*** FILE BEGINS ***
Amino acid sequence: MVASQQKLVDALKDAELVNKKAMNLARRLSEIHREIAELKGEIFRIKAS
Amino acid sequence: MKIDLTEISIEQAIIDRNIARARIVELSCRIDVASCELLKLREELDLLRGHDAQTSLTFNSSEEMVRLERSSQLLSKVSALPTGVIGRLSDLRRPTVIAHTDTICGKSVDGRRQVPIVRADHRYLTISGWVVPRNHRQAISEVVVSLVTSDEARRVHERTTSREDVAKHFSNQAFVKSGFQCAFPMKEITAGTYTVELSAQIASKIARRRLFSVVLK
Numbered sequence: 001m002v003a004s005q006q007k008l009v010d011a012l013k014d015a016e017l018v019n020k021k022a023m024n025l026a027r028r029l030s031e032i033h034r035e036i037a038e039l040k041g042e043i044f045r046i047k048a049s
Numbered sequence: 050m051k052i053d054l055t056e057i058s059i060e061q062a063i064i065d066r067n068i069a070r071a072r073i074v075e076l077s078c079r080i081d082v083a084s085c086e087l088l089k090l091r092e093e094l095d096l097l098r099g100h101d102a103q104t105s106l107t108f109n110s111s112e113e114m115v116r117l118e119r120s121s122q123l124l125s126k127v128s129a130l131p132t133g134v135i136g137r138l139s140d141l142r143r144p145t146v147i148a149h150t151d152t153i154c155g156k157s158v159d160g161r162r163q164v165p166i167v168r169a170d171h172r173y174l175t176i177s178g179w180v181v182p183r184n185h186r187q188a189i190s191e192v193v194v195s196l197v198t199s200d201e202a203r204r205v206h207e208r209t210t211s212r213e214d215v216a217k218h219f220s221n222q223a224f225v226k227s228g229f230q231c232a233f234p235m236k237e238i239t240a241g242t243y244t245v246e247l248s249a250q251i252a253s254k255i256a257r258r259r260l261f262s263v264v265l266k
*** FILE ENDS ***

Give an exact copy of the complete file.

Amino acid sequence: MVASQQKLVDALKDAELVNKKAMNLARRLSEIHREIAELKGEIFRIKAS
Amino acid sequence: MKIDLTEISIEQAIIDRNIARARIVELSCRIDVASCELLKLREELDLLRGHDAQTSLTFNSSEEMVRLERSSQLLSKVSALPTGVIGRLSDLRRPTVIAHTDTICGKSVDGRRQVPIVRADHRYLTISGWVVPRNHRQAISEVVVSLVTSDEARRVHERTTSREDVAKHFSNQAFVKSGFQCAFPMKEITAGTYTVELSAQIASKIARRRLFSVVLK
Numbered sequence: 001m002v003a004s005q006q007k008l009v010d011a012l013k014d015a016e017l018v019n020k021k022a023m024n025l026a027r028r029l030s031e032i033h034r035e036i037a038e039l040k041g042e043i044f045r046i047k048a049s
Numbered sequence: 050m051k052i053d054l055t056e057i058s059i060e061q062a063i064i065d066r067n068i069a070r071a072r073i074v075e076l077s078c079r080i081d082v083a084s085c086e087l088l089k090l091r092e093e094l095d096l097l098r099g100h101d102a103q104t105s106l107t108f109n110s111s112e113e114m115v116r117l118e119r120s121s122q123l124l125s126k127v128s129a130l131p132t133g134v135i136g137r138l139s140d141l142r143r144p145t146v147i148a149h150t151d152t153i154c155g156k157s158v159d160g161r162r163q164v165p166i167v168r169a170d171h172r173y174l175t176i177s178g179w180v181v182p183r184n185h186r187q188a189i190s191e192v193v194v195s196l197v198t199s200d201e202a203r204r205v206h207e208r209t210t211s212r213e214d215v216a217k218h219f220s221n222q223a224f225v226k227s228g229f230q231c232a233f234p235m236k237e238i239t240a241g242t243y244t245v246e247l248s249a250q251i252a253s254k255i256a257r258r259r260l261f262s263v264v265l266k